(Bloomberg) -- Embattled UK leader Boris Johnson said he plans to stick around as prime minister for a third term until the mid-2030s, an act of defiance in the face of mounting political defeats and pressure within his own Conservative Party.
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Earlier this month, Johnson survived a leadership challenge and there is growing speculation that another confidence vote is being hatched in the wake of twin by-election defeats. But Johnson, speaking to reporters in Rwanda before heading to a Group of Seven leaders summit in Germany, made clear that he has no intention of stepping aside.
If anything he’s clinging on. With the next elections expected to be in 2024, he was asked by reporters in Rwanda if he wanted to serve a second term to 2029. According to the Press Association, this was his response: “At the moment I am thinking actively about the third term and you know, what could happen then . . . this is the mid-2030s.”
His answer came after the chairman of the Conservatives, Oliver Dowden, resigned his post following the party’s loss of two key parliamentary seats on Thursday night.
That has prompted some Tory Members of Parliament to consider standing for election to the influential backbench 1922 committee, in order to change the rules and allow a fresh vote of confidence in Johnson’s leadership.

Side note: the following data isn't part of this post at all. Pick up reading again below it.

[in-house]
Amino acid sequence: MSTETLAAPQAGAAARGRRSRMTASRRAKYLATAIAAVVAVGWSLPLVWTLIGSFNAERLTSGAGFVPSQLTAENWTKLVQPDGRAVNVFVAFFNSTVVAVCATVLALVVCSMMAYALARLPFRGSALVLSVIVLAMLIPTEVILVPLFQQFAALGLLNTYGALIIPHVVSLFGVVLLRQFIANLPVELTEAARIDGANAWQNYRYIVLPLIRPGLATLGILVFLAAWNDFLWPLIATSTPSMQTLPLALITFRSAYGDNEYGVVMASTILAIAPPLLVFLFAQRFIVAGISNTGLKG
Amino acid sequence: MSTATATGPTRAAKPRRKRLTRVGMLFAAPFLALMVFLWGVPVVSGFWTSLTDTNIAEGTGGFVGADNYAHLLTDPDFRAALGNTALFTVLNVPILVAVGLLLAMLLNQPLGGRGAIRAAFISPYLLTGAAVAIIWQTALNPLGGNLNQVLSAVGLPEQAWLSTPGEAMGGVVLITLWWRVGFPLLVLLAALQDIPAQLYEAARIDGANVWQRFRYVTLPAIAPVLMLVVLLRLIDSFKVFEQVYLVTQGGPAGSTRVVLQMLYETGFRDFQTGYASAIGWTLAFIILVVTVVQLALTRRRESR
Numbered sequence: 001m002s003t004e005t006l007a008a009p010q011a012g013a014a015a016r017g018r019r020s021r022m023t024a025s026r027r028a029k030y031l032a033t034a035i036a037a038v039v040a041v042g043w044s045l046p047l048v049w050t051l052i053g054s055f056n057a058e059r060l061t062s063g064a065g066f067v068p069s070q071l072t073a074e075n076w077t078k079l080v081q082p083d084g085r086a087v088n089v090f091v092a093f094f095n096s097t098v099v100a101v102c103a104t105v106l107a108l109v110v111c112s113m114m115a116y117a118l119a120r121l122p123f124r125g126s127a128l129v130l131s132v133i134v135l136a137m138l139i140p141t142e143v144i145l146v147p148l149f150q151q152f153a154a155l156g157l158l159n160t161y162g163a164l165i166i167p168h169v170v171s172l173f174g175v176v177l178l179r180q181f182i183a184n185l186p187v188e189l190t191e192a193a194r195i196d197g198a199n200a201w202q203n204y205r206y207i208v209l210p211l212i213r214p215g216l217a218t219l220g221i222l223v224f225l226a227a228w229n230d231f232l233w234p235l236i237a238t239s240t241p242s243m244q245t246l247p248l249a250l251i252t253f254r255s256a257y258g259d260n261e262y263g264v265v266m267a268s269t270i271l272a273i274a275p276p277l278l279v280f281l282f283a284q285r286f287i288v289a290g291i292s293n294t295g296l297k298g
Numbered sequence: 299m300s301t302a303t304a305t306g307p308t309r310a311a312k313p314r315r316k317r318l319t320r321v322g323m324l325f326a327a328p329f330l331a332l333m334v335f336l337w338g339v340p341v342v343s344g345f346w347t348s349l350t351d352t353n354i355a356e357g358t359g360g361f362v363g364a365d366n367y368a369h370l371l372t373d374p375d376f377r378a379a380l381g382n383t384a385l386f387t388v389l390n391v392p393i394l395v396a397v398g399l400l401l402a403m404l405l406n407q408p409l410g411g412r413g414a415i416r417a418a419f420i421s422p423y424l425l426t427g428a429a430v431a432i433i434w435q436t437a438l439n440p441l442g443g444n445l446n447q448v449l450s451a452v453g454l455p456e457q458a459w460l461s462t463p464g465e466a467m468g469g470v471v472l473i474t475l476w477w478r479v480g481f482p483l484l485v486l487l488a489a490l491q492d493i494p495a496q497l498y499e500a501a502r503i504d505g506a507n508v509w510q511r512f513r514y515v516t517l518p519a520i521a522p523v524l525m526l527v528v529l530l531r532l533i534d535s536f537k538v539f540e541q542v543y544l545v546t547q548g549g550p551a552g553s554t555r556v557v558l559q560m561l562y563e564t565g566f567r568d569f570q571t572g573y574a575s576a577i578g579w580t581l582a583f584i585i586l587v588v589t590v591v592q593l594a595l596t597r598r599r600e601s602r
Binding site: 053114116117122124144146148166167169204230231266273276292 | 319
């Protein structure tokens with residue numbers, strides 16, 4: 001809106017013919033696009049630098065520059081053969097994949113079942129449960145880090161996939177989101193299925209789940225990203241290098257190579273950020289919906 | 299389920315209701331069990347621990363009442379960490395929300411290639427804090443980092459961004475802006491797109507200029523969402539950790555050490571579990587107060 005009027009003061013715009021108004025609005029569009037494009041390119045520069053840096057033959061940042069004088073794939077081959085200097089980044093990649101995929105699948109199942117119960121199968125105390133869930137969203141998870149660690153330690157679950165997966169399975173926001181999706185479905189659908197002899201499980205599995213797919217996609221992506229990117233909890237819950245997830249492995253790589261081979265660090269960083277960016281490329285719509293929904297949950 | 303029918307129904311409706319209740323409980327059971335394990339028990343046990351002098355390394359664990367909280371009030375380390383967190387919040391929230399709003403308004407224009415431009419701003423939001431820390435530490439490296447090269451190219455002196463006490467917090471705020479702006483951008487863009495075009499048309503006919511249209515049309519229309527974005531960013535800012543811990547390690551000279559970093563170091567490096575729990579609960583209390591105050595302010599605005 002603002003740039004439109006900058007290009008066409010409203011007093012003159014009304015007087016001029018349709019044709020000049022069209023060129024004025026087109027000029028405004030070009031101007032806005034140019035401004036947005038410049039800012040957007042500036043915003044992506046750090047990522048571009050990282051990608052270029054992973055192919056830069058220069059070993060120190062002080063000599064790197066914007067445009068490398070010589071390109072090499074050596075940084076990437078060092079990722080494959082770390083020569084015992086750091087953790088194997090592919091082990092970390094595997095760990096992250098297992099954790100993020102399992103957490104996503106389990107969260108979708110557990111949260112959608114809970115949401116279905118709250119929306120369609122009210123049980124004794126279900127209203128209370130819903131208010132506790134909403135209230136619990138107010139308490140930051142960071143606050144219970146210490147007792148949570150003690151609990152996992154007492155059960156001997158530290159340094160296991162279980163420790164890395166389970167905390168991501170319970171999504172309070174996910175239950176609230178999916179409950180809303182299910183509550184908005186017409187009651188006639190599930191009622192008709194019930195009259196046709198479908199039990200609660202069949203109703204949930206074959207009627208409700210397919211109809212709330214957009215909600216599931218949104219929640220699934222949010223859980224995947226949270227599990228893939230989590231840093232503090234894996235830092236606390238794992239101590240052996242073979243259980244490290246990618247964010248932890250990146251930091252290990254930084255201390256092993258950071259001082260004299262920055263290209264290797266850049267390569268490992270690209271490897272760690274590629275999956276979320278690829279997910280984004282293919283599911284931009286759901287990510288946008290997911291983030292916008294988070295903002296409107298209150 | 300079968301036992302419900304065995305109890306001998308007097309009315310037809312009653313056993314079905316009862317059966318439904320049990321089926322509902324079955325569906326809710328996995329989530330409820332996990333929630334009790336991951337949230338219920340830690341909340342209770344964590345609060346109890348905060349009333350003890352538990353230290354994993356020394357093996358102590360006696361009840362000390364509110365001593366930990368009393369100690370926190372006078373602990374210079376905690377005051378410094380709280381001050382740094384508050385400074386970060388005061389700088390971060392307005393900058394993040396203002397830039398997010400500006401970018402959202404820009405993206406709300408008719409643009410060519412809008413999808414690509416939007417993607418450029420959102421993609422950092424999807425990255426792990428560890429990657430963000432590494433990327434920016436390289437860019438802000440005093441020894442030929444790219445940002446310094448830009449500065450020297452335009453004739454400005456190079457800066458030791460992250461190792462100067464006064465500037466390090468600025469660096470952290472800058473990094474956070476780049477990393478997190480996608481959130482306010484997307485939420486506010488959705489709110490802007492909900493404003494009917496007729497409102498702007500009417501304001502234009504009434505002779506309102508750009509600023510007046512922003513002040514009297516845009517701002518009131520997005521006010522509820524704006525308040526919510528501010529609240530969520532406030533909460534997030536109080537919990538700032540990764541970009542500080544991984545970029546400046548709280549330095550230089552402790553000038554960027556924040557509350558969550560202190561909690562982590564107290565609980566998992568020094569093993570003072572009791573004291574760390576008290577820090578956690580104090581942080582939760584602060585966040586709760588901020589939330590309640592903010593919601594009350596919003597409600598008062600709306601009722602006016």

Asked on Sunday if he was being delusional by talking about staying on as prime minister into the next decade, Johnson said: “What I’m saying is this is a government that is getting on with delivering for the people of this country and we’ve got a huge amount to do.”
The “golden rule” was to “focus on what we are doing,” rather than Westminster intrigue, he said.
At the moment, Johnson is safe for a year -- even though four in 10 of his own MPs voted against him.
The collapse in Tory support seen in last week’s special elections in Wakefield, northern England, and Tiverton and Honiton in the southwest has renewed doubts about whether Johnson can lead the party to victory in the next general election, which is due by January 2025 at the latest.
“We often get criticized in politics that we look short term to the next election, the next vote,” Brandon Lewis, secretary of state for Northern Ireland, said on Sky News when asked about Johnson’s assertion.
“Actually we have someone as prime minister who wants to be looking long term at how we structurally improve our country for generations to come,” Lewis said. “That’s got to be a good thing.”
(Updates with more comments starting in sixth paragraph.)
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